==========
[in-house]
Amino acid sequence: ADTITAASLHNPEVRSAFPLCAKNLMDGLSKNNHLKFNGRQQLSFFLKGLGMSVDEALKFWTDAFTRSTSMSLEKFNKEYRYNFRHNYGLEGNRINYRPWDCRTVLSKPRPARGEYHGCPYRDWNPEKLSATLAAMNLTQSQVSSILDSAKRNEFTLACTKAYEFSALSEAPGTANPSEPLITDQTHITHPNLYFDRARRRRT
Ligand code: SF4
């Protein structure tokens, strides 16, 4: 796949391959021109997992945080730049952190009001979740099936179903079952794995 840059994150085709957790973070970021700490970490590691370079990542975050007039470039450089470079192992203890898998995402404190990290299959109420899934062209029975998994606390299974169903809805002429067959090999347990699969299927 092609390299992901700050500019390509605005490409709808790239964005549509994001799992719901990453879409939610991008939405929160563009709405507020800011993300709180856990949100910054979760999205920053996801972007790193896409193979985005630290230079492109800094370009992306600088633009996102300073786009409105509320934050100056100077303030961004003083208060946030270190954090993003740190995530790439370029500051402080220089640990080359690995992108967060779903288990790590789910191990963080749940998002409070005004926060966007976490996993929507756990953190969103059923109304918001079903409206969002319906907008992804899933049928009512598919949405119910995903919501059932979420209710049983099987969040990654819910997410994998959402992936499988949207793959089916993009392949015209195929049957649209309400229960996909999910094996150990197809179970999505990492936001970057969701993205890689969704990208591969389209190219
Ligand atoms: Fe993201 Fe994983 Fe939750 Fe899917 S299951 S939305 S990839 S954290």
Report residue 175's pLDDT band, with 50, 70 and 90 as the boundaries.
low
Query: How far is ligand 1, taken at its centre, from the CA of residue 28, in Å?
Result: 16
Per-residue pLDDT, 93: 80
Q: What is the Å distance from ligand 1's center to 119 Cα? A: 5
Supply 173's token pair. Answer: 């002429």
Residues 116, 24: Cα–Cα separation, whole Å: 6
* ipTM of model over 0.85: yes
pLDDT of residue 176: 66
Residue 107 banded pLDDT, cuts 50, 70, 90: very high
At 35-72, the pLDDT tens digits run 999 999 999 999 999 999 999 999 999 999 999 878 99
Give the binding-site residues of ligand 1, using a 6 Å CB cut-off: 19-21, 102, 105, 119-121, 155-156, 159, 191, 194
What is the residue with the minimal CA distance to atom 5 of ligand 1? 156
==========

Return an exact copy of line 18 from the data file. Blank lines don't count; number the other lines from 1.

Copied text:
Give the binding-site residues of ligand 1, using a 6 Å CB cut-off: 19-21, 102, 105, 119-121, 155-156, 159, 191, 194